Lab Code Registry: Frequently Asked Questions

FREQUENTLY ASKED QUESTIONS


1. What is a Laboratory Code?

A laboratory code (also “laboratory registry code” or “lab code”) contains one to five letters and identifies the institute, laboratory, or investigator that produced and/or maintains a particular animal strain. A lab code is generated when a new model is created and becomes part of that model's nomenclature. Substrains, congenics, and other strains where several otherwise distinguishable forms exist should also be identified by laboratory codes. DNA loci, chromosomal aberrations, and some types of mutations may have lab codes. (Reference: http://www.informatics.jax.org/mgihome/nomen/strains.shtml)

The Laboratory Code Registry is located here.

Lab code examples:

J   The Jackson Laboratory
Rl   W.L. and L.B. Russell
Jr   John Rapp
Mcw   Medical College of Wisconsin
Kyo   Kyoto University


2. Do I need a lab code to search the Lab Code Registry?

No. 


3. I received an email regarding a lab code registration. What is this?

Animal model facilities such as Jackson Laboratories often request lab codes for new strains. Model information is obtained from recent scientific literature or when a new model transfers to an animal facility. In either case, the facility staff may register a lab code with the primary investigator as the point of contact.  


4. What does it mean when a lab code is “retired”?

A lab code can never be deleted or reassigned because the original code may be perpetuated in the nomenclature of many generations of lab animals.

ILAR occasionally changes a lab code’s status to “retired” if the lab code was never used (e.g., two lab codes were inadvertently registered.)

A retired lab code may have its status returned to “active” upon request.


5. Our primary investigator has two lab codes. Can one lab code be retired?

Yes, but only if the lab code was never used. The lab code will continue to be used if it designates a strain that transferred to another laboratory.


6. What if the investigator’s strain was transferred to someone else?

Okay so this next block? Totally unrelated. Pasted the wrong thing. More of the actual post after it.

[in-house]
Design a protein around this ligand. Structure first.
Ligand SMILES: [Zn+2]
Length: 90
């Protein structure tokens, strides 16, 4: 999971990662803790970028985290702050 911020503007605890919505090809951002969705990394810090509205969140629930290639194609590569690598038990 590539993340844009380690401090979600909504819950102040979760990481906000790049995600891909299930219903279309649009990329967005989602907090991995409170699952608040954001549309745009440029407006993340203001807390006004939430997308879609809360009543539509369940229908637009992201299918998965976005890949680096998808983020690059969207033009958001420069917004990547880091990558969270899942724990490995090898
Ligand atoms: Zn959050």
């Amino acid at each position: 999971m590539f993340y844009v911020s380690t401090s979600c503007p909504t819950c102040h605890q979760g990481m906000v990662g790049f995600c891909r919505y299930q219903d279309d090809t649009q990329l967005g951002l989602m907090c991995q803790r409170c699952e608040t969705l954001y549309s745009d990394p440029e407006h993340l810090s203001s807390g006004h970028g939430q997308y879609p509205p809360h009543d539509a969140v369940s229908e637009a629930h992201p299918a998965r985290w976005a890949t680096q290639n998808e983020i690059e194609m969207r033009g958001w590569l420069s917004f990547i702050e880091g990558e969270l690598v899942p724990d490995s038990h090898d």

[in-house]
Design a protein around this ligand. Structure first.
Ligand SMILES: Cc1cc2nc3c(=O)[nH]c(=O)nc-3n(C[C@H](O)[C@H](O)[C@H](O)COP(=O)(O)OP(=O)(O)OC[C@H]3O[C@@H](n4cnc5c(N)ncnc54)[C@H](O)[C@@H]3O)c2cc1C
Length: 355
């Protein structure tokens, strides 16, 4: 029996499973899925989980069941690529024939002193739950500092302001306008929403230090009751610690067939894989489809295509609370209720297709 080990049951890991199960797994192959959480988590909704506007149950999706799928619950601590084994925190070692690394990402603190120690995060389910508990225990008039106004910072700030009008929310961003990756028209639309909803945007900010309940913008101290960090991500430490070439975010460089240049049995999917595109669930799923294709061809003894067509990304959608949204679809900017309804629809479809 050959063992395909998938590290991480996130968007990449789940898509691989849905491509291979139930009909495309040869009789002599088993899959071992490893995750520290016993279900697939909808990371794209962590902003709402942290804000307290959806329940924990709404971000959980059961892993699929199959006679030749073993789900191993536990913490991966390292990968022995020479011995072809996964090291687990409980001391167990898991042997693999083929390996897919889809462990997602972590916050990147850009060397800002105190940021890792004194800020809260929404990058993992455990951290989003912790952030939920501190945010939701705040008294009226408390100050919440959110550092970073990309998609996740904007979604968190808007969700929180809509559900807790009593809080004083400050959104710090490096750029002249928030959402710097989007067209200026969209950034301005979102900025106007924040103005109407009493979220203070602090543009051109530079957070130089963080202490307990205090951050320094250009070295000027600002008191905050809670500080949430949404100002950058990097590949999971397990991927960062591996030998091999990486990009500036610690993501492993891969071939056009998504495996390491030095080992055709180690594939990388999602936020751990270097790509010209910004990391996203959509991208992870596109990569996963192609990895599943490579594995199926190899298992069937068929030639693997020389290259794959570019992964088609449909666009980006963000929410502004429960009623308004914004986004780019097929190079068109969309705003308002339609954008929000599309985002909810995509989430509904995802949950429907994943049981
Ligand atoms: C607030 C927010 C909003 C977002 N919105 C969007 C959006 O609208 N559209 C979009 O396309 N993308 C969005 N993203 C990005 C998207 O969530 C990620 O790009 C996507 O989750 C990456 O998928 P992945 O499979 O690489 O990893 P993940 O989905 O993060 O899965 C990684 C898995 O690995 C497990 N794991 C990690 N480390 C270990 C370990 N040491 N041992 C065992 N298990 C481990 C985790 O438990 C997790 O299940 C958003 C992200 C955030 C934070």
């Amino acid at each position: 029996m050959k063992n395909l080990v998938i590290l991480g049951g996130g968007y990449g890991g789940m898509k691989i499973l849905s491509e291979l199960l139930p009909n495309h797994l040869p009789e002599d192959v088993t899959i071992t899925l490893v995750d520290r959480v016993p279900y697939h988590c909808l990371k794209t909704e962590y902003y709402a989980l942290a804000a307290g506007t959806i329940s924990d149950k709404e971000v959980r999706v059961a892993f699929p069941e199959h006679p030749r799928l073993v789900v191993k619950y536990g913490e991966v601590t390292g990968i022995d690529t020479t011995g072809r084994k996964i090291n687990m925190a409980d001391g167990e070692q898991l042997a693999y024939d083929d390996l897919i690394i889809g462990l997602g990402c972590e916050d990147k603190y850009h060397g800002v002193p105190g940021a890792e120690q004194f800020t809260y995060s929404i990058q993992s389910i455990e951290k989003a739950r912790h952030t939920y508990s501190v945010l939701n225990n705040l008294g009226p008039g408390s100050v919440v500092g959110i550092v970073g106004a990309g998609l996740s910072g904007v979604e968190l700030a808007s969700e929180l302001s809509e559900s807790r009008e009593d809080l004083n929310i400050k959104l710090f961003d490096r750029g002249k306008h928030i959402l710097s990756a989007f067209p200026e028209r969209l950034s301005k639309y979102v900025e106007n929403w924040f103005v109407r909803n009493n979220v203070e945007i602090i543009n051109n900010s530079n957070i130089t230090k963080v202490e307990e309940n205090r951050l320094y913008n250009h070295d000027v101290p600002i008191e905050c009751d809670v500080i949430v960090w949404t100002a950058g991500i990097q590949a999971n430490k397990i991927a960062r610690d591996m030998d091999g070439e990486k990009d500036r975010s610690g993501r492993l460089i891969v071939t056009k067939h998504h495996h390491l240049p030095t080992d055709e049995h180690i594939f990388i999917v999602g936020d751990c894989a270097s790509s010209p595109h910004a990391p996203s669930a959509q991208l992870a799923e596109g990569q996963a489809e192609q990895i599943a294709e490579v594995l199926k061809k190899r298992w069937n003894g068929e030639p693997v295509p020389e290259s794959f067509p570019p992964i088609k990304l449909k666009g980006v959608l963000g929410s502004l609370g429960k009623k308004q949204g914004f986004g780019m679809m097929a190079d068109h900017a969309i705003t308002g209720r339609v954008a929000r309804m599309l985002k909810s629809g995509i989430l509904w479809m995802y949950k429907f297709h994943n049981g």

The lab code does not change if the strain continues to be maintained at the same institution. In this case, you should send the updated contact information to ILAR.

If the strain is transferred to a new facility, the receiving investigator or institution should request a new lab code that will be appended to the existing registration (e.g., if a strain A/J held by Jackson Laboratory were transferred to and maintained at Kyoto University, its name would become A/JKyo).


7. What should we do if our organization registered several lab codes, but the primary investigators left?

If the animal colony remains at your facility, please send the updated contact information to ILAR. The original investigator’s lab code will be retained in the strain name.


8. Our investigator recently submitted another lab code. We now have two lab codes for the same strain. Can we delete the second code?

No, a lab code can never be deleted. ILAR will retire the most recently submitted lab code upon request.


9. I entered the wrong lab code for our primary investigator. Can I enter a new one and delete the old one?

You may register a new lab code but the original lab code cannot be deleted. ILAR will retire the lab code entered in error upon your request.


10. Can a laboratory register multiple lab codes?

Yes. A lab code is meant to identify one of several possible situations:

A) An institutional lab code identifies the organization where the animal colony was originally developed. These animal colonies belong to and are maintained by the institution; they do not move with an investigator. (An institution can have several lab codes depending on institutional preferences.)

B) Alternatively, investigators may register lab codes for animal colonies they own and will take to another institution. Upon moving to the new institution, the investigator should forward updated contact information to ilar@nas.edu.


11. What does it mean when a lab code is “Pending” ?

“Pending” status means that your registration is undergoing review prior to being activated. This process may take a week or more.

A lab code may also remain “pending” if there is insufficient contact information or the code is formatted incorrectly. ILAR will activate the lab code after these items are addressed.

Contact ILAR at ilar@nas.edu if there is an extended delay in processing your registration.


12. Our institution changed its name. Should we retire the current lab code(s) or make changes to the current lab code(s)?